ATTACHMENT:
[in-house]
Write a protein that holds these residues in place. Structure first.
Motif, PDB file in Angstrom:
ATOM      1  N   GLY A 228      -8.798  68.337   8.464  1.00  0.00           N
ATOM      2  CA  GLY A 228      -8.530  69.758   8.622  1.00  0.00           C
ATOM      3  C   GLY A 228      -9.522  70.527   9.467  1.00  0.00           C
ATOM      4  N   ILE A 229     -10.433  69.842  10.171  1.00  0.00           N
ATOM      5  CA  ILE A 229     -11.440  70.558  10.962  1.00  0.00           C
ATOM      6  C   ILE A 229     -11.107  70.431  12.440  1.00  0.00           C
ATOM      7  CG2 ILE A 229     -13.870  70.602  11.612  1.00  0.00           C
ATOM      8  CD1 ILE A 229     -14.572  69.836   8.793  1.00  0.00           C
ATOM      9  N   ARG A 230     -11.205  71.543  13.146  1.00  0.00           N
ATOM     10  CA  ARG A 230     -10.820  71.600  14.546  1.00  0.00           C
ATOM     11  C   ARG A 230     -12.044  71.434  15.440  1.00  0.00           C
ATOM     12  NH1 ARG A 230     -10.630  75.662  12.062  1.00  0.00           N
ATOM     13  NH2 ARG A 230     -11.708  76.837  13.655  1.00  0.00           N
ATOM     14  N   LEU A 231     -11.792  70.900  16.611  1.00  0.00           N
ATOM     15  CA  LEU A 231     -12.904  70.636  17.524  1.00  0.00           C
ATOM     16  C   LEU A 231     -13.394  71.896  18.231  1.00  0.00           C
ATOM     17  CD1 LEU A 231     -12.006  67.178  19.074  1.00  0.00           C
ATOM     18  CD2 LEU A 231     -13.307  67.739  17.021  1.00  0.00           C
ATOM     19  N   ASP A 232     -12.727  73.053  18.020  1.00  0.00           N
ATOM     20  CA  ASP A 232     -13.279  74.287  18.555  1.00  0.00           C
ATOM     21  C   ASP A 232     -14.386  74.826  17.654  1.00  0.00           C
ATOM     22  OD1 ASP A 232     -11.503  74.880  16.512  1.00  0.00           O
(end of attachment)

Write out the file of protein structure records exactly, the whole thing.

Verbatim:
[in-house]
Write a protein that holds these residues in place. Structure first.
Motif, PDB file in Angstrom:
ATOM      1  N   GLY A 228      -8.798  68.337   8.464  1.00  0.00           N
ATOM      2  CA  GLY A 228      -8.530  69.758   8.622  1.00  0.00           C
ATOM      3  C   GLY A 228      -9.522  70.527   9.467  1.00  0.00           C
ATOM      4  N   ILE A 229     -10.433  69.842  10.171  1.00  0.00           N
ATOM      5  CA  ILE A 229     -11.440  70.558  10.962  1.00  0.00           C
ATOM      6  C   ILE A 229     -11.107  70.431  12.440  1.00  0.00           C
ATOM      7  CG2 ILE A 229     -13.870  70.602  11.612  1.00  0.00           C
ATOM      8  CD1 ILE A 229     -14.572  69.836   8.793  1.00  0.00           C
ATOM      9  N   ARG A 230     -11.205  71.543  13.146  1.00  0.00           N
ATOM     10  CA  ARG A 230     -10.820  71.600  14.546  1.00  0.00           C
ATOM     11  C   ARG A 230     -12.044  71.434  15.440  1.00  0.00           C
ATOM     12  NH1 ARG A 230     -10.630  75.662  12.062  1.00  0.00           N
ATOM     13  NH2 ARG A 230     -11.708  76.837  13.655  1.00  0.00           N
ATOM     14  N   LEU A 231     -11.792  70.900  16.611  1.00  0.00           N
ATOM     15  CA  LEU A 231     -12.904  70.636  17.524  1.00  0.00           C
ATOM     16  C   LEU A 231     -13.394  71.896  18.231  1.00  0.00           C
ATOM     17  CD1 LEU A 231     -12.006  67.178  19.074  1.00  0.00           C
ATOM     18  CD2 LEU A 231     -13.307  67.739  17.021  1.00  0.00           C
ATOM     19  N   ASP A 232     -12.727  73.053  18.020  1.00  0.00           N
ATOM     20  CA  ASP A 232     -13.279  74.287  18.555  1.00  0.00           C
ATOM     21  C   ASP A 232     -14.386  74.826  17.654  1.00  0.00           C
ATOM     22  OD1 ASP A 232     -11.503  74.880  16.512  1.00  0.00           O